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regular-article-logo Wednesday, 17 April 2024

Quad is a statement that others cannot have 'veto' on our choices: External Affairs Minister S Jaishankar

The Quad has largely been focusing on bolstering cooperation to ensure a free and an open and inclusive Indo-Pacific in the face of Chinese belligerence

PTI New Delhi Published 24.02.24, 04:30 PM
S Jaishankar

S Jaishankar File photo

The Quad is a statement that others cannot have a "veto" on choices of like-minded nations and the coalition is here to stay, grow and contribute to global prosperity, External Affairs Minister S Jaishankar said on Saturday, amid mounting global concerns over China's rising assertiveness in the Indo-Pacific.

In an address at a think-tank forum, Jaishankar described the coalition of India, the US, Japan and Australia as an "overhead light" that is a "creative, flexible, nimble, responsive and open-minded" enterprise.

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The Quad has largely been focusing on bolstering cooperation to ensure a free and an open and inclusive Indo-Pacific in the face of Chinese belligerence.

The external affairs minister said the Quad reflects the growth of a multipolar global order and its central approach is collaborative, and not unilateral.

"All four governments have behaved differently from how they normally do. The Quad is an overhead light -- creative, flexible, nimble, responsive and open-minded enterprise. These are not adjectives we normally associate with the bureaucracy," he said explaining the principles that the grouping stands for.

Jaishankar also said that the Quad has five messages, "One -- it reflects the growth of a multipolar order; two -- it is post-alliance and post-Cold War thinking; three -- it is against spheres of influence; four -- it expresses the democratising of the global space and a collaborative, not unilateral approach and five -- it is a statement that in this day and age, others cannot have a veto on our choices," he said.

He noted that the Quad is facilitated by the emergence of the Indo Pacific, adding it is propelled by a change in the global order that requires "more" and "not less collaboration".

The external affairs minister asserted that the Quad "is here to stay, the quad is here to grow and the quad is here to contribute," calling for making it more contemporary, relevant and more impactful.

Joining through virtual mode, Australia Foreign Minister Penny Wong said Quad stands for a region that is free from intimidation and coercion", where competition is managed responsibly and disputes are settled in accordance with international law.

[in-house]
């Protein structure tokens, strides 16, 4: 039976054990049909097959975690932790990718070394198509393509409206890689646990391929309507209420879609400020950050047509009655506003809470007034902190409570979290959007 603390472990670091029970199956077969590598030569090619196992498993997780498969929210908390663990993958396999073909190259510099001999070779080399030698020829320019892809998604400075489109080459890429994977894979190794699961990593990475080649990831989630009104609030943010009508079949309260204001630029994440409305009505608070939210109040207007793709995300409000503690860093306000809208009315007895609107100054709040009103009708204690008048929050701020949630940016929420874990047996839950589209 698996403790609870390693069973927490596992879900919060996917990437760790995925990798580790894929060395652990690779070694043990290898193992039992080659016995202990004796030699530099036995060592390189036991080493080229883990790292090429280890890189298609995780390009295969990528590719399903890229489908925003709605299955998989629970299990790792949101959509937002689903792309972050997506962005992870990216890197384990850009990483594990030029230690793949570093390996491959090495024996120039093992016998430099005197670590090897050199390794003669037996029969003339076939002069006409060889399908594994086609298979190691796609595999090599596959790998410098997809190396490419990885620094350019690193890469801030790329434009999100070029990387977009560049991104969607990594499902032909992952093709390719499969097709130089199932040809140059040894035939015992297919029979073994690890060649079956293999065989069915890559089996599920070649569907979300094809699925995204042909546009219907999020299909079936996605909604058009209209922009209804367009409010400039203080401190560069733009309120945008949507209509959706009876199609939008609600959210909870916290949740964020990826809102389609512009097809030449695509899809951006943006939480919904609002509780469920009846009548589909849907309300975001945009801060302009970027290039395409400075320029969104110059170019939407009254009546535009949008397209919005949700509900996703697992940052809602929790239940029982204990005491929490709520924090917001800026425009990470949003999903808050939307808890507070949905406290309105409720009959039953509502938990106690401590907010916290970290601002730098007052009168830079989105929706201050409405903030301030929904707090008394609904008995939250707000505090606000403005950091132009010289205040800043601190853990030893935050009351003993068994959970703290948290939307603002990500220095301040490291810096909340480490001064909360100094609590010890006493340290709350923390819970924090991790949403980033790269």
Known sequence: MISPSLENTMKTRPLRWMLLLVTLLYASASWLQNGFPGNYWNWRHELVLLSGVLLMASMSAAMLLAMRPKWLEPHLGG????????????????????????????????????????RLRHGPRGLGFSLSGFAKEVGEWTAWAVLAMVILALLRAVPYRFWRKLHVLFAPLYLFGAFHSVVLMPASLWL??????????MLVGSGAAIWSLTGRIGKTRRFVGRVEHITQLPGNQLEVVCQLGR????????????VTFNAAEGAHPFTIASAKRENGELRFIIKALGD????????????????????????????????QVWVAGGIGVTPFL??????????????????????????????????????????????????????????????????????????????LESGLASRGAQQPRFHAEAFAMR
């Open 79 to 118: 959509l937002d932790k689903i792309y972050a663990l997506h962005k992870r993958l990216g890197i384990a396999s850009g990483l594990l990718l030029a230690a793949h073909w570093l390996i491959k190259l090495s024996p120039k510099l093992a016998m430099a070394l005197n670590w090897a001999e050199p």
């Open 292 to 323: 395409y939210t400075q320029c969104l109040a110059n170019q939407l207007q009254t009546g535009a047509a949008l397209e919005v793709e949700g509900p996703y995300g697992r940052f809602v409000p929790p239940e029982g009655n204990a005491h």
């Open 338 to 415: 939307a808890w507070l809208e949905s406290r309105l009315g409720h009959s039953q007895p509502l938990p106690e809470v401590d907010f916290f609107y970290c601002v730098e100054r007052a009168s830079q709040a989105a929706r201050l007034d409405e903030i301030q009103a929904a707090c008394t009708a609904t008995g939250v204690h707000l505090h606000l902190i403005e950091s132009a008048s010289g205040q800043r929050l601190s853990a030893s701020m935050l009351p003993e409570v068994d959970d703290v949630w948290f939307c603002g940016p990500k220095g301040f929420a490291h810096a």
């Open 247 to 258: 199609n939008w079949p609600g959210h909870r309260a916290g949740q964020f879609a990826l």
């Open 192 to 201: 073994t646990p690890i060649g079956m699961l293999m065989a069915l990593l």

Japanese foreign minister Yoko Kamikawa, in a brief video message, said the world is facing deep divisions and it is necessary to maintain and strengthen a free and open international order based on the rule of law.

"For this reason, Japan with its allies and like-minded countries is working to further develop a free and open indo-Pacific based on the rule of law," she said.

"Quad is one of the most important initiatives to this end, has steadily implemented initiatives in maritime critical and emerging technologies, cyber and counter-terrorism, initiatives must continue to move forward," she added.

US deputy secretary of state Kurt Campbell said the Indo-Pacific remains the world's most dynamic and rapidly evolving region and that the strength of the Quad is its ability to harness the capabilities and resources of the four nations together to deliver concrete outcomes that benefit all.

Campbell spoke virtually on behalf of US Secretary of State Antony Blinken.

"I want to emphasise the defining feature of our partnership -- the Quad stands for an affirmative vision of a free and open Indo-Pacific in which we collectively build the capacity of our allies and partners," he said.

"Quad not about forcing the region to choose between strategic competitors, it is about preserving and creating options so that communities, institutions and countries can make decisions to benefit their people," he said.

In his remarks, Jaishankar also asserted that there should be no doubt about ASEAN (Association of Southeast Asian Nations) centrality in the Indo-Pacific.

"I think anybody who doubts Asian centrality when they look at a map of the Indo Pacific clearly missed their geography classes in school," he said.

Except for the headline, this story has not been edited by The Telegraph Online staff and has been published from a syndicated feed.

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